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Daň pro ohaře : příběh z Malazské…
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Daň pro ohaře : příběh z Malazské knihy Padlých (edition 2010)

by Steven Erikson

Series: Malazan Book of the Fallen (8), World of Malaz (Book of the Fallen 8), Malazan Chronology (15)

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1,464379,684 (4.09)56
In Darujhistan, the city of blue fire, it is said that love and death shall arrive dancing. It is summer and the heat is oppressive, but for the small round man in the faded red waistcoat, discomfiture is not just because of the sun. All is not well. Dire portents plague his nights and haunt the city streets like fiends of shadow. Assassins skulk in alleyways, but the quarry has turned and the hunters become the hunted. Hidden hands pluck the strings of tyranny like a fell chorus. While the bards sing their tragic tales, somewhere in the distance can be heard the baying of Hounds. And in the distant city of Black Coral, where rules Anomander Rake, Son of Darkness, ancient crimes awaken, intent on revenge. It seems Love and Death are indeed about to arrive...hand in hand, dancing.… (more)
Member:mimildak
Title:Daň pro ohaře : příběh z Malazské knihy Padlých
Authors:Steven Erikson
Info:Praha : Talpress, 2010
Collections:Your library
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Toll the Hounds by Steven Erikson

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» See also 56 mentions

English (36)  Slovak (1)  All languages (37)
Showing 1-5 of 36 (next | show all)
After the action-packed [b:The Bonehunters|478951|The Bonehunters (Malazan Book of the Fallen, #6)|Steven Erikson|https://d.gr-assets.com/books/1399934281s/478951.jpg|3898723] and [b:Reaper's Gale|459064|Reaper's Gale (Malazan Book of the Fallen, #7)|Steven Erikson|https://d.gr-assets.com/books/1356447867s/459064.jpg|4379974], Toll the Hounds fell a little flat for me. However, there were some brilliant moments, the standouts being the meeting of two insane characters, and this:

Sadness was, she well knew, not something that could be cured. It was not, in fact, a failing, not a flaw, not an illness of spirit. Sadness was never without reason, and to assert that it marked some kind of dysfunction did little more than prove ignorance or, worse, cowardly evasiveness in the one making the assertion. As if happiness was the only legitimate way of being. As if those failing at it needed to be locked away, made soporific with medications; as if the cause of sadness were merely traps and pitfalls in the proper climb to blissful contentment, things to be edged round or bridged, or leapt across on the wings of false elation... Sadness belonged. As rightful as joy, love, grief and fear. All conditions of being. ( )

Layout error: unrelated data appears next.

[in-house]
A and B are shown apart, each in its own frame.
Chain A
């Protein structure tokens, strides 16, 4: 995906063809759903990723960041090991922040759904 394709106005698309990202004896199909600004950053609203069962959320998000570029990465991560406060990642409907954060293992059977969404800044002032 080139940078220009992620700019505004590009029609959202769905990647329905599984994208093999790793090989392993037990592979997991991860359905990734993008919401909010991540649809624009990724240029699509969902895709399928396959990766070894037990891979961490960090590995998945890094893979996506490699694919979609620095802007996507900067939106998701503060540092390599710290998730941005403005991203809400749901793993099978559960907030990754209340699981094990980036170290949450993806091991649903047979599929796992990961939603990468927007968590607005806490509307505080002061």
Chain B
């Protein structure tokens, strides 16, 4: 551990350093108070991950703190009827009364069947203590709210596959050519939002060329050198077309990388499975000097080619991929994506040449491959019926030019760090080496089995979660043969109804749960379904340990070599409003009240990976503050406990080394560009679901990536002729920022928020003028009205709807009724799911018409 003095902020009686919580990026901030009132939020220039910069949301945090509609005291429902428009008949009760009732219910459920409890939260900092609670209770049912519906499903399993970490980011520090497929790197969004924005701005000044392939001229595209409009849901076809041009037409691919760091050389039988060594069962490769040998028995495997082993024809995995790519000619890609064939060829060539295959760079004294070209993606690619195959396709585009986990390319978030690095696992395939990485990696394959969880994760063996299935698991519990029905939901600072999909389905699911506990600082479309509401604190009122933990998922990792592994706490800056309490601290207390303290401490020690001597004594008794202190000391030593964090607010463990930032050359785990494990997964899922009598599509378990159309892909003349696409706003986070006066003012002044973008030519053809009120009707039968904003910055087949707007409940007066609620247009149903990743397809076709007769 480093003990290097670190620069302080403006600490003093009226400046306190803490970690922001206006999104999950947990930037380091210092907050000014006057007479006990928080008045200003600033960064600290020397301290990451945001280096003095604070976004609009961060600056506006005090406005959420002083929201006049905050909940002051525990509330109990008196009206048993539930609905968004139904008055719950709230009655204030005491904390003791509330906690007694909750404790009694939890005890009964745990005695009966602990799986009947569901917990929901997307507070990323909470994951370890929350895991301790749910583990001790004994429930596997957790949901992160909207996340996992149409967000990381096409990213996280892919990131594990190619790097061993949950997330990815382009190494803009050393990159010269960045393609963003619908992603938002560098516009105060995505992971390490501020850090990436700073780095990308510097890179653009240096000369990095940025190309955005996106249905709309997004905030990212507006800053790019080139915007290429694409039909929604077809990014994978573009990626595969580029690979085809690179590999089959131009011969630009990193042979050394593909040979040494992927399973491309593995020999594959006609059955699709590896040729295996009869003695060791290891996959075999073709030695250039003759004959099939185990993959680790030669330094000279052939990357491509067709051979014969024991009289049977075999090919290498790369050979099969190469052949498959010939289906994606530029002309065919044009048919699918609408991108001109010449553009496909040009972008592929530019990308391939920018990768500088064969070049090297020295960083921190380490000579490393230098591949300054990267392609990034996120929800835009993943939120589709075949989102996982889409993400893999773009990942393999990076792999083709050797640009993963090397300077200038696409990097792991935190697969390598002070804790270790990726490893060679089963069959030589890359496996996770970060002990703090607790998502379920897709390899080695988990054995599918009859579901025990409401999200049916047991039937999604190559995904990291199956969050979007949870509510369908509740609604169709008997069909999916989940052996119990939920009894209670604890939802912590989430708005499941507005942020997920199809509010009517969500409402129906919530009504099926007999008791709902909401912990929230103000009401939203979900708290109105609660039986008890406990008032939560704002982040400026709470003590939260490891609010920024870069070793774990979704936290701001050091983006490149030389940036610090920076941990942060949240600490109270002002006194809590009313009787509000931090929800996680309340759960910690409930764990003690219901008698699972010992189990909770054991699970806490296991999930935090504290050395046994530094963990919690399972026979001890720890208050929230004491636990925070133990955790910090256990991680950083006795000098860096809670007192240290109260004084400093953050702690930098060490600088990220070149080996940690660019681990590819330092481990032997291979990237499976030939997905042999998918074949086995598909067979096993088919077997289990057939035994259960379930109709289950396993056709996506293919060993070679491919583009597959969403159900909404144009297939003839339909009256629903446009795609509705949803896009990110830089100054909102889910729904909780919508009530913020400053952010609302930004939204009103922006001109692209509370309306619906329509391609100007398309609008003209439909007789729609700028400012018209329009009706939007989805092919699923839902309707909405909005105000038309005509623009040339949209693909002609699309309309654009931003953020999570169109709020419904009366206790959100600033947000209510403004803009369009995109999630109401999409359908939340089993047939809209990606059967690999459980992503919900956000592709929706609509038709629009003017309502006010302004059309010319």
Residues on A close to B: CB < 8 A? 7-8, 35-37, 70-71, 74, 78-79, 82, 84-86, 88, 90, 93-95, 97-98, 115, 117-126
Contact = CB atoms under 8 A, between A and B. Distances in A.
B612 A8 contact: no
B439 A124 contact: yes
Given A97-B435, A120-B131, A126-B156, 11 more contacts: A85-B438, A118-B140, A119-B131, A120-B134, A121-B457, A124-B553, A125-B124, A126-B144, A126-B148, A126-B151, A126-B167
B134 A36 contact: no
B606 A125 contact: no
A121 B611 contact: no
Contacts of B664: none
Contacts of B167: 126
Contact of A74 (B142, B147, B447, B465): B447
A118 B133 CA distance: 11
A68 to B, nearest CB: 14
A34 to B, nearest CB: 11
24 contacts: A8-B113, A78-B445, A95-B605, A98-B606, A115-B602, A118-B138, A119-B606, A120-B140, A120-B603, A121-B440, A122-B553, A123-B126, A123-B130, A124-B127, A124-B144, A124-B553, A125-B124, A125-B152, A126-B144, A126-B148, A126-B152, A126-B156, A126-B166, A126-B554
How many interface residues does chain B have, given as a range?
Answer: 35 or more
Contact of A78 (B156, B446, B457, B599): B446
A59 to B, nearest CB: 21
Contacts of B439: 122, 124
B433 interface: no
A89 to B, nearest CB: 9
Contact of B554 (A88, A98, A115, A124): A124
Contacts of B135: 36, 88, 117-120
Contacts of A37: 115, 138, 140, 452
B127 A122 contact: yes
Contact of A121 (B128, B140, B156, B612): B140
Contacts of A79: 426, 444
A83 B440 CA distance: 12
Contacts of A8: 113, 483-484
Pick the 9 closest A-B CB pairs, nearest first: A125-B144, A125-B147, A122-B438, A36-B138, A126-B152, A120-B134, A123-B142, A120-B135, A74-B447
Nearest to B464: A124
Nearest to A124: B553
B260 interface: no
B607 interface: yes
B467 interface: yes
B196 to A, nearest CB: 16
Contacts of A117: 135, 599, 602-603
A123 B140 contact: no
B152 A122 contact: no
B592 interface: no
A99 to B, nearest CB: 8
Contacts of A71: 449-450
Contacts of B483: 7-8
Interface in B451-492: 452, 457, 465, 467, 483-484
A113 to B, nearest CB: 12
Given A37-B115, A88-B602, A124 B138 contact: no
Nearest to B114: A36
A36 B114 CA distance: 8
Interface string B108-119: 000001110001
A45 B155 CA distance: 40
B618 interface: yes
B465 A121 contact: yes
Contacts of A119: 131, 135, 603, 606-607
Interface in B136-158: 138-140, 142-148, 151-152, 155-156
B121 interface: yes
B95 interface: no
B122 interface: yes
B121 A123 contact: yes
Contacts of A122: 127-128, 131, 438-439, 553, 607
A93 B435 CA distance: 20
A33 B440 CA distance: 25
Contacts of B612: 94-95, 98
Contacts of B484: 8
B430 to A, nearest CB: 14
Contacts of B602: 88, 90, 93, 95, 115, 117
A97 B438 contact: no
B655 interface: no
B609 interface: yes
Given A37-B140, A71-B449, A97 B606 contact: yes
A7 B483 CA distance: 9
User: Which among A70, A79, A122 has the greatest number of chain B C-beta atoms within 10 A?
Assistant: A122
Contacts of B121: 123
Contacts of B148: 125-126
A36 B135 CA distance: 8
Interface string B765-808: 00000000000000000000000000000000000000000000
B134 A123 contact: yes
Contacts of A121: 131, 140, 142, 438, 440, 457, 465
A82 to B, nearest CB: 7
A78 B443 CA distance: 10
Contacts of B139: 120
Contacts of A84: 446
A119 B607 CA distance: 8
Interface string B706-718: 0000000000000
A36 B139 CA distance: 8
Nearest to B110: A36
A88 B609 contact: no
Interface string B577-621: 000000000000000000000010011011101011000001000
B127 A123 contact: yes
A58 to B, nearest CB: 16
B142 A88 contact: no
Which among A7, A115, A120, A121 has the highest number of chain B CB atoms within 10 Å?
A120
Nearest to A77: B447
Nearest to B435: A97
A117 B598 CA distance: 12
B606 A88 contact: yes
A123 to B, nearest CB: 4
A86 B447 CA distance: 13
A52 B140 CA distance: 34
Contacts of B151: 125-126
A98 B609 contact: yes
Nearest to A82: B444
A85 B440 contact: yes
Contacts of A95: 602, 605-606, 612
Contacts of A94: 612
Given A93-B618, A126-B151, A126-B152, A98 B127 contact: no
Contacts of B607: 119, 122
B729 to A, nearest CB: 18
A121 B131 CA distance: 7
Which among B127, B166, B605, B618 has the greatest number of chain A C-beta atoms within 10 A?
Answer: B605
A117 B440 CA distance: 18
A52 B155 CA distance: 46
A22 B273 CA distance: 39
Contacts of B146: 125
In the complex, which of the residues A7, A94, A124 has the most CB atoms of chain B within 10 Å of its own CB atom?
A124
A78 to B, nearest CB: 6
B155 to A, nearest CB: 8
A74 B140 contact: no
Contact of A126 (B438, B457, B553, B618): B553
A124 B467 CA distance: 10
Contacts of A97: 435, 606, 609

meerapatel | Dec 29, 2020 |
What a paradoxical book. In a series full of slow burners, this is probably the slowest, but yet most steady, until the most explosive of all of the endings. The Andii being their usual selves are pretty annoying to get through, buy Kruppe's... interesting narration gives it a unique flavour. I can't decide if this book is utter genius, or ridiculous nonsense. probably both.

THE RANKING THUS FAR

DG
  Raykoda3 | Sep 25, 2020 |
4.5/5

This one is hard to rate. It doesn't come close to Deadhouse or Memories in terms of overall emotional cohesion, but those books would be incredibly difficult to beat. I could feel the building drive and tension and almost subconsciously I knew that whatever was coming was going to hurt so good. Somewhere in the middle the book became notably ominous and foreboding and I KNEW it. But I had no idea why. Feeling lost is par for the course with Malazan and I often embrace it for the wild ride that it is, but here I wished I knew more about what I was reading. It could be my own fault for waiting so long and trying to savor these before I run out. It's just that I'm confident I've missed out on a lot of the payoff of this one because I either wasn't paying attention or it wasn't as much of a total emotional draw for me. Despite this, the final 20% of the book will stay with me forever, and for something to be THAT memorable earns a high rating on its own. Let's see how the rest of it holds up. ( )